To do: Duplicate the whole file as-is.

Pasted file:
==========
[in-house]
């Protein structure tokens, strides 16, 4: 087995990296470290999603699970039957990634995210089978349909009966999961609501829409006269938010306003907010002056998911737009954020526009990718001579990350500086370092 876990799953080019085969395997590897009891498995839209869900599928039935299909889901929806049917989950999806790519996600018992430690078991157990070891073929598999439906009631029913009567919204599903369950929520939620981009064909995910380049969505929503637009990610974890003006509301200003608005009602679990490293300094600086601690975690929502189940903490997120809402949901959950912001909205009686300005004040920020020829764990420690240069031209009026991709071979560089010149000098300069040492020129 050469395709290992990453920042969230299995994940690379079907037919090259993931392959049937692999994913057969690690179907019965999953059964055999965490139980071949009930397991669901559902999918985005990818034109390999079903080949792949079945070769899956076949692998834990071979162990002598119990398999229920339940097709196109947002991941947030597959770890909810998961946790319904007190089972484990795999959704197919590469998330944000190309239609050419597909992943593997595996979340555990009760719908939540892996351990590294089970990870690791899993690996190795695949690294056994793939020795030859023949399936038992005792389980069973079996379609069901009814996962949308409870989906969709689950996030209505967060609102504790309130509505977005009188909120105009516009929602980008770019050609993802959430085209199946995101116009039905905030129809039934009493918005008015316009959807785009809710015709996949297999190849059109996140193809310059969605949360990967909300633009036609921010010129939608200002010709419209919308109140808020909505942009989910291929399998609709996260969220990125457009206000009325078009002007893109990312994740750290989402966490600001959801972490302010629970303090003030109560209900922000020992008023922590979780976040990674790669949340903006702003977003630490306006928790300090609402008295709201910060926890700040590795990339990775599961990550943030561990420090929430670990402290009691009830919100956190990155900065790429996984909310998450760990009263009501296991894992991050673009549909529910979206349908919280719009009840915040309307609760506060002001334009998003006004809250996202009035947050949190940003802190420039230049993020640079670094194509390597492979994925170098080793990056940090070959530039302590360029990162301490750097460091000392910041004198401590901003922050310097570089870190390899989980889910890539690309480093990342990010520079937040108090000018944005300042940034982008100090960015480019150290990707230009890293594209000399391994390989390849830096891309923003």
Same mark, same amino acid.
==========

[in-house]
């Protein structure tokens, strides 16, 4: 087995990296470290999603699970039957990634995210089978349909009966999961609501829409006269938010306003907010002056998911737009954020526009990718001579990350500086370092 876990799953080019085969395997590897009891498995839209869900599928039935299909889901929806049917989950999806790519996600018992430690078991157990070891073929598999439906009631029913009567919204599903369950929520939620981009064909995910380049969505929503637009990610974890003006509301200003608005009602679990490293300094600086601690975690929502189940903490997120809402949901959950912001909205009686300005004040920020020829764990420690240069031209009026991709071979560089010149000098300069040492020129 050469395709290992990453920042969230299995994940690379079907037919090259993931392959049937692999994913057969690690179907019965999953059964055999965490139980071949009930397991669901559902999918985005990818034109390999079903080949792949079945070769899956076949692998834990071979162990002598119990398999229920339940097709196109947002991941947030597959770890909810998961946790319904007190089972484990795999959704197919590469998330944000190309239609050419597909992943593997595996979340555990009760719908939540892996351990590294089970990870690791899993690996190795695949690294056994793939020795030859023949399936038992005792389980069973079996379609069901009814996962949308409870989906969709689950996030209505967060609102504790309130509505977005009188909120105009516009929602980008770019050609993802959430085209199946995101116009039905905030129809039934009493918005008015316009959807785009809710015709996949297999190849059109996140193809310059969605949360990967909300633009036609921010010129939608200002010709419209919308109140808020909505942009989910291929399998609709996260969220990125457009206000009325078009002007893109990312994740750290989402966490600001959801972490302010629970303090003030109560209900922000020992008023922590979780976040990674790669949340903006702003977003630490306006928790300090609402008295709201910060926890700040590795990339990775599961990550943030561990420090929430670990402290009691009830919100956190990155900065790429996984909310998450760990009263009501296991894992991050673009549909529910979206349908919280719009009840915040309307609760506060002001334009998003006004809250996202009035947050949190940003802190420039230049993020640079670094194509390597492979994925170098080793990056940090070959530039302590360029990162301490750097460091000392910041004198401590901003922050310097570089870190390899989980889910890539690309480093990342990010520079937040108090000018944005300042940034982008100090960015480019150290990707230009890293594209000399391994390989390849830096891309923003």
Same mark, same amino acid.